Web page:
Professionally, I worked at the American Museum in New York. I loved it there; it’s the greatest museum around, but I wasn’t much of a New York City-living person. The Atlanta Botanical Garden brought me to Atlanta where I managed their former amphibian conservation program there for seven years. When they decided to discontinue at least part of their program, that’s when we decided to start the Amphibian Foundation.

Talk a little more about the Amphibian Foundation.
We are an Atlanta-based amphibian conservation nonprofit. We started about a year and half ago and really hit the ground running due to federal and state support that focuses on endangered species of the southeast. We have captive breeding populations of four of the most endangered amphibians that are producing offspring to be released into productive managed habitats.

My wife, Crystal Mandica, is a co-founder and she focuses on educational programming for mostly high school age and younger kids. We’re trying to develop a model where we can provide this exceptional educational programing and use it to raise our own funds.

What is a project that really exemplifies the work of the Amphibian Foundation?
The first project we ever focused on was the frosted flatwood salamander. They are gorgeous, but unfortunately already extinct in South Carolina and there is only one wetland in the state of Georgia that is known to have them. It is in Fort Steward military base in southeastern Georgia. We’ve been sampling the wetlands down there since 2012, but finding very few to none, so this is a species that is right up on the brink. We currently have the world’s only captive population of that species at the Amphibian Foundation, and we’re learning how to breed them. If we’re unsuccessful they’ll certainly go extinct, and if we are successful there is still a lot of problems that need to be addressed before they are released. It is our most sensitive project and because all the eggs are in our basket, there is a lot of pressure.

Frosted flatwoods salamander

What type of amphibians can be found around the Agnes Scott campus?
I haven’t done an extensive survey, but there are some stream salamanders in Shoal Creek which runs right by campus. I’ve also found two-lined salamanders, red salamanders and dusky salamanders.

What about Georgia?
Georgia has five distinctive ecological zones, and the amphibian communities change between each of those. So here in the Piedmont we have about 30 species of amphibians, which is a lot. Georgia is a wonderful place to get involved with amphibians. Atlanta alone has 14 species of native frogs. There are some pretty rare species to the north like the hellbender, which is this continent’s largest salamander. Locals call them snot otters because they live in streams and are big, probably a foot and half long and up to five pounds. They need pristine streams and wetlands, which are becoming harder and harder to find.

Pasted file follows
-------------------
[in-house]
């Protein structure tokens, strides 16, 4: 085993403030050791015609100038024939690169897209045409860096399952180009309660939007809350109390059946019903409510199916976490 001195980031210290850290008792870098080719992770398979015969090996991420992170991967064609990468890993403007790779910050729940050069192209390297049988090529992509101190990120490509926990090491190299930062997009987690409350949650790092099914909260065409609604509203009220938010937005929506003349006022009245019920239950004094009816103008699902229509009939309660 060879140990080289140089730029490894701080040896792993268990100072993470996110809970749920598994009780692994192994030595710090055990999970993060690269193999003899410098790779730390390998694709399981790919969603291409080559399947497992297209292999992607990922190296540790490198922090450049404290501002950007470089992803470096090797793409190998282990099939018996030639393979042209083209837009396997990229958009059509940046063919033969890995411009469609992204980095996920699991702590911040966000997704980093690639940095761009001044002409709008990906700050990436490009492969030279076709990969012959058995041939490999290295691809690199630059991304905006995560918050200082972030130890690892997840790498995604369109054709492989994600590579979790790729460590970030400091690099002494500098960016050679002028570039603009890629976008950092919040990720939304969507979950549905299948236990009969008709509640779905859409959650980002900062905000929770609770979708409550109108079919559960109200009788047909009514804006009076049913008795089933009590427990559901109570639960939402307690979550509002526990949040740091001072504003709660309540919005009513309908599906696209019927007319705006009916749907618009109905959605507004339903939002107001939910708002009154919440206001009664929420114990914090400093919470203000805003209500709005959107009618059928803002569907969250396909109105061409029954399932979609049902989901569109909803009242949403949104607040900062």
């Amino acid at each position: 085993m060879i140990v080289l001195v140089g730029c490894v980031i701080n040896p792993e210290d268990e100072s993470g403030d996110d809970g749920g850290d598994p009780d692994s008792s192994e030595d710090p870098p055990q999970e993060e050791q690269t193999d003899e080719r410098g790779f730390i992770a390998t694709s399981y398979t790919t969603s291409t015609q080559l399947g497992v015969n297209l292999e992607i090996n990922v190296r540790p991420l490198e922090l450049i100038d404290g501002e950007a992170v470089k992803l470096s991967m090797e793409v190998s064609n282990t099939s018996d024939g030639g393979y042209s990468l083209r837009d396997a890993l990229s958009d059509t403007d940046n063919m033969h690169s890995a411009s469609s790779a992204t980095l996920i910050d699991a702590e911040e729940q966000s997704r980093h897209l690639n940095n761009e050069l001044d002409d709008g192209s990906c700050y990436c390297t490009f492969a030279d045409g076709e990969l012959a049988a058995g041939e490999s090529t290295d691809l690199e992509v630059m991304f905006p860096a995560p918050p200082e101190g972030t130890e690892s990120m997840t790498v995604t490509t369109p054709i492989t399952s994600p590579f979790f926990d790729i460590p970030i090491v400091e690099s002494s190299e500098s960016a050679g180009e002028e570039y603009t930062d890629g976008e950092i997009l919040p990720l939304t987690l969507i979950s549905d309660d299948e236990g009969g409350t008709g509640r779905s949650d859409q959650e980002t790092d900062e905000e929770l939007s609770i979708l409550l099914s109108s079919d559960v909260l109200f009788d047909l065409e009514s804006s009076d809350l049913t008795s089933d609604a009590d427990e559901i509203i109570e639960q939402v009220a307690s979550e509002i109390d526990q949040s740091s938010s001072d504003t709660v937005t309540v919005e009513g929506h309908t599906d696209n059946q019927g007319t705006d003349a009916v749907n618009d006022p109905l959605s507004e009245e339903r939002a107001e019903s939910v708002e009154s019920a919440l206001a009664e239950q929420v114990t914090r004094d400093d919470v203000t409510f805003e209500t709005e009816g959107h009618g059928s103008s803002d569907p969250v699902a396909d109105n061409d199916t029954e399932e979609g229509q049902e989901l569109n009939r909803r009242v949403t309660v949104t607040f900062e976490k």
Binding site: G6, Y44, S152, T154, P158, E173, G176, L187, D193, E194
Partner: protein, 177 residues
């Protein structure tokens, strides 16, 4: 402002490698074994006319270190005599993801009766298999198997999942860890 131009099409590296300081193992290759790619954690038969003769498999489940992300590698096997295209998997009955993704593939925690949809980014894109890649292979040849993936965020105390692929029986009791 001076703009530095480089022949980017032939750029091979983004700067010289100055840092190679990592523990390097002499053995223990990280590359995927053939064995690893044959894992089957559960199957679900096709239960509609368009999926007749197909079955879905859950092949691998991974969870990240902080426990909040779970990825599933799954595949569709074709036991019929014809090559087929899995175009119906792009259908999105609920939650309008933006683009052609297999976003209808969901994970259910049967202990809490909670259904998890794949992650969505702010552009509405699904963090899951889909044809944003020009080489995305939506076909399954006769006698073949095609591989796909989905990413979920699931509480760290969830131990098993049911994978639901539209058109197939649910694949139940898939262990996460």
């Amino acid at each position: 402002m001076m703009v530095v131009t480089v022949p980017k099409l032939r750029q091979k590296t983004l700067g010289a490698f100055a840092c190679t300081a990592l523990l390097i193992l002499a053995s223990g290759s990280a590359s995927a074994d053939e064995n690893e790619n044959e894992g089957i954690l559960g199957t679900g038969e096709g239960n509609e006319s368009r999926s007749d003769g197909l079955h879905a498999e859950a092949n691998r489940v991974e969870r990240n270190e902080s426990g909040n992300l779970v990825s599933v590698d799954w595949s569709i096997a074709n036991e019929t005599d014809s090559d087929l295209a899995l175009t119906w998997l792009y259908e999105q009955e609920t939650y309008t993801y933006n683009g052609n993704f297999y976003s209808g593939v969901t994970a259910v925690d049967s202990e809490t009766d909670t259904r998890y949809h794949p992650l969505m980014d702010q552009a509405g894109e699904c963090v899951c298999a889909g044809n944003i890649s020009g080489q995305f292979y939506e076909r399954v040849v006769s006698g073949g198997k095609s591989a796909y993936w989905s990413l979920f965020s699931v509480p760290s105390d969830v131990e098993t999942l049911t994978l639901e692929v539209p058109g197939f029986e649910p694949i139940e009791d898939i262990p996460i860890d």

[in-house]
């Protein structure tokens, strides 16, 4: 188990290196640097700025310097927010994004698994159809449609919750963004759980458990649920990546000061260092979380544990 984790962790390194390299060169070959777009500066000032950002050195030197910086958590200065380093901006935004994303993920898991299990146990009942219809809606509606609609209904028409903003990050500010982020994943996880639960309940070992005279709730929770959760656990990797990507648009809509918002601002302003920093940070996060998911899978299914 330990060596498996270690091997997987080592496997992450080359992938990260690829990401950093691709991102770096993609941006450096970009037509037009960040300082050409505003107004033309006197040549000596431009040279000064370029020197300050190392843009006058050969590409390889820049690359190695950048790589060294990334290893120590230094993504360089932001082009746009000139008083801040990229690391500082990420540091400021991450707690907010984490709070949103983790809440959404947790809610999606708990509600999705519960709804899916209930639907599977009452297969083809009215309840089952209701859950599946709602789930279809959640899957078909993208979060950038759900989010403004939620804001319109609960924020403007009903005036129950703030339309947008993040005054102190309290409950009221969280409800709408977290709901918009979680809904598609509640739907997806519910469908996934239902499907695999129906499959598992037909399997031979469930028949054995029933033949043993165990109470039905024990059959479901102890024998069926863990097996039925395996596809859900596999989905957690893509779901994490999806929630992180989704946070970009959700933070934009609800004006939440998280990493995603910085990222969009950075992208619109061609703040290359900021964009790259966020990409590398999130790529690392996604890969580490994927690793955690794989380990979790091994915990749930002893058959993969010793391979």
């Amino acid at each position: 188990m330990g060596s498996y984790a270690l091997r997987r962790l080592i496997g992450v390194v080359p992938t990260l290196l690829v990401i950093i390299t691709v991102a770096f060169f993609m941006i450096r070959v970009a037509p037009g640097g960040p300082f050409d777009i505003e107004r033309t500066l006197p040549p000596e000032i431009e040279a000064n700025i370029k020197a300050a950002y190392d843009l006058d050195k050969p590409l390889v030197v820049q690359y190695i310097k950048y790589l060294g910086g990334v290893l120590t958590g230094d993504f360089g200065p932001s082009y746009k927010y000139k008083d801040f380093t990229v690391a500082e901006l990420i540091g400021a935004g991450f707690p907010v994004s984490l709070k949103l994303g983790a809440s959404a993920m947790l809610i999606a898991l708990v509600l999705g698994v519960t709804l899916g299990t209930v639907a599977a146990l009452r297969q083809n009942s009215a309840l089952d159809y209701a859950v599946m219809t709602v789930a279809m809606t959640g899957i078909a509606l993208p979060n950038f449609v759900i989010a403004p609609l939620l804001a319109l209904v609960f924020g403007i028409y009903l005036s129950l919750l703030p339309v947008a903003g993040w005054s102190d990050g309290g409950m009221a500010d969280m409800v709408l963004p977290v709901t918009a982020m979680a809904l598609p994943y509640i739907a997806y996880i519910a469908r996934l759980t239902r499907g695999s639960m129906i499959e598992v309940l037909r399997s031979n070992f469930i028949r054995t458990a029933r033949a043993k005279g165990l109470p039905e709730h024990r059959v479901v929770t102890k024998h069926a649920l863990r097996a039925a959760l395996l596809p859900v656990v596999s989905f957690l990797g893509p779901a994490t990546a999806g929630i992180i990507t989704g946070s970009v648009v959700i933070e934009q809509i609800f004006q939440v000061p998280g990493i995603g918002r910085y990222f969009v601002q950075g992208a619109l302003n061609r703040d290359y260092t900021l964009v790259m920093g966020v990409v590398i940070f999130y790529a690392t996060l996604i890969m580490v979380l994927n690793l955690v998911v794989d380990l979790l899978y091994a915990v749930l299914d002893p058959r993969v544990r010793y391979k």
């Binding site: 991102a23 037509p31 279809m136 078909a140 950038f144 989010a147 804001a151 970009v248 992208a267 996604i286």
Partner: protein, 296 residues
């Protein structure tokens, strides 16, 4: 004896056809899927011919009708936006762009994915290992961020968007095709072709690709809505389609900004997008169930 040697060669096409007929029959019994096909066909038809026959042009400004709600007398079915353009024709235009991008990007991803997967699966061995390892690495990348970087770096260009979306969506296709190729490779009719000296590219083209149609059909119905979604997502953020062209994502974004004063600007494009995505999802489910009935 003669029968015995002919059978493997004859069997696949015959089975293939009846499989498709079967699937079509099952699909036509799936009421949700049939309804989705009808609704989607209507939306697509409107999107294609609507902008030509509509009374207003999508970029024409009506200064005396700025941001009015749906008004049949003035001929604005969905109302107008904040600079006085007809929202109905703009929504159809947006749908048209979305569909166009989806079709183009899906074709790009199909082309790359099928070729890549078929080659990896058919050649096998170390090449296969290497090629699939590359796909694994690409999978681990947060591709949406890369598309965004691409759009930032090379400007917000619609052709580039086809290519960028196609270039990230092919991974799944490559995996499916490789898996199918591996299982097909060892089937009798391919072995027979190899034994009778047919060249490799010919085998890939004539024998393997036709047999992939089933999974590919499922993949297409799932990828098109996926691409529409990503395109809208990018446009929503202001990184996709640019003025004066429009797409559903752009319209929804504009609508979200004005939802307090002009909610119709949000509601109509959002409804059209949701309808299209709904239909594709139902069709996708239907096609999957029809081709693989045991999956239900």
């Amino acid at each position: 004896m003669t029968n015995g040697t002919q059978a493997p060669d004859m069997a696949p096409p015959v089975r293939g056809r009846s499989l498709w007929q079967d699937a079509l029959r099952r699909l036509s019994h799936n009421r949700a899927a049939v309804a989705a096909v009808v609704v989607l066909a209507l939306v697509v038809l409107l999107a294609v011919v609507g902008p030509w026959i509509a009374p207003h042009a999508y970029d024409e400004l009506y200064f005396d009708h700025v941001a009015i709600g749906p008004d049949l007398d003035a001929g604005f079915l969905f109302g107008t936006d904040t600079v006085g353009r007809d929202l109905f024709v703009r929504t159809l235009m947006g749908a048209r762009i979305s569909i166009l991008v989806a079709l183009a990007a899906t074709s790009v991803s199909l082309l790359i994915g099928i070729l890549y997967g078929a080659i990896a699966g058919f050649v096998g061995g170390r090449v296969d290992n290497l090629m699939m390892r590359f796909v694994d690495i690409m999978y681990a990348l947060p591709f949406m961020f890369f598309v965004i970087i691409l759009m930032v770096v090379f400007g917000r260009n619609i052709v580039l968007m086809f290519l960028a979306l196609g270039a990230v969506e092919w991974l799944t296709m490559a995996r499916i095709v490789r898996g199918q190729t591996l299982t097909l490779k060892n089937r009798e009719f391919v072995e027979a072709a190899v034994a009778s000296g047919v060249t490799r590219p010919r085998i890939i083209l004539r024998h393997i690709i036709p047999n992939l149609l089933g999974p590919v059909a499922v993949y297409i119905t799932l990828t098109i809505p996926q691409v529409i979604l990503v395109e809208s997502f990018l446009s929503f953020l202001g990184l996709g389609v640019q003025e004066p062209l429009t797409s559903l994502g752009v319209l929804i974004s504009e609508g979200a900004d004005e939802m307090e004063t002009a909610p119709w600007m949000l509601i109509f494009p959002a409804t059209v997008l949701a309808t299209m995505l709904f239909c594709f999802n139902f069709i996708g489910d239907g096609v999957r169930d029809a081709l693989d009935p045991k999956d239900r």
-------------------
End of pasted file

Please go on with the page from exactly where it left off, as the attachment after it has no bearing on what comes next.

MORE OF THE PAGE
What happens if we don’t conserve and protect amphibians?
I first want to mention that conservation efforts need to pair with educational programming because we have to start reaching kids. That’s the only hope we have for conservation. Kids get it and care a lot when you tell them a frog is going extinct.

Through our summer camps and classes we are building an army of amphibian conservationists, while at the same time educating the public about how important amphibians are.

There are three go-to answers to give when explaining the importance of amphibians. The first being that 1,000 frogs eat 5 million bugs a year. That’s a lot of bugs! Atlanta salamanders specialize in eating mosquitos. Very few people want more mosquitos, so we'd better protect amphibians. Second, a lot of wildlife depends on amphibians for food. They either eat the adults, the tadpoles or the eggs. They are right in the middle of the food chain. If I haven’t convinced someone with those two reasons, I’ll talk about how many pharmaceutical compounds have been derived from amphibian skin. They are directly applicable to human health. You have to throw everything at them and see what sticks.